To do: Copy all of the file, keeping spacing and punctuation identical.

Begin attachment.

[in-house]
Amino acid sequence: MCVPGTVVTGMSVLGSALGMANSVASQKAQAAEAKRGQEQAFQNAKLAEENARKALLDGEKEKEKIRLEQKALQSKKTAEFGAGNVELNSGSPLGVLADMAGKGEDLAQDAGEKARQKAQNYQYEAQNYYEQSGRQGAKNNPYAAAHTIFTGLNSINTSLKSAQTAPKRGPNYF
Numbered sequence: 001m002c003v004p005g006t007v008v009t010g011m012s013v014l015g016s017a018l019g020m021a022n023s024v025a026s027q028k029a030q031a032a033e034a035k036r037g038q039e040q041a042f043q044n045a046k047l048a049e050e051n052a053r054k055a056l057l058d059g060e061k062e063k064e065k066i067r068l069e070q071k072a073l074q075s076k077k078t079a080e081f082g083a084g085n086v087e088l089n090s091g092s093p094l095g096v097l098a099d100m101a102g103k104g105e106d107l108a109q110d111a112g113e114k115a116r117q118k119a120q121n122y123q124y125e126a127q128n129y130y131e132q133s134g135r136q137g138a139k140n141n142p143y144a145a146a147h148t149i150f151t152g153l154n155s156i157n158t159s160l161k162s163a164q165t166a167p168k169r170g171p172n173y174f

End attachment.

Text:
[in-house]
Amino acid sequence: MCVPGTVVTGMSVLGSALGMANSVASQKAQAAEAKRGQEQAFQNAKLAEENARKALLDGEKEKEKIRLEQKALQSKKTAEFGAGNVELNSGSPLGVLADMAGKGEDLAQDAGEKARQKAQNYQYEAQNYYEQSGRQGAKNNPYAAAHTIFTGLNSINTSLKSAQTAPKRGPNYF
Numbered sequence: 001m002c003v004p005g006t007v008v009t010g011m012s013v014l015g016s017a018l019g020m021a022n023s024v025a026s027q028k029a030q031a032a033e034a035k036r037g038q039e040q041a042f043q044n045a046k047l048a049e050e051n052a053r054k055a056l057l058d059g060e061k062e063k064e065k066i067r068l069e070q071k072a073l074q075s076k077k078t079a080e081f082g083a084g085n086v087e088l089n090s091g092s093p094l095g096v097l098a099d100m101a102g103k104g105e106d107l108a109q110d111a112g113e114k115a116r117q118k119a120q121n122y123q124y125e126a127q128n129y130y131e132q133s134g135r136q137g138a139k140n141n142p143y144a145a146a147h148t149i150f151t152g153l154n155s156i157n158t159s160l161k162s163a164q165t166a167p168k169r170g171p172n173y174f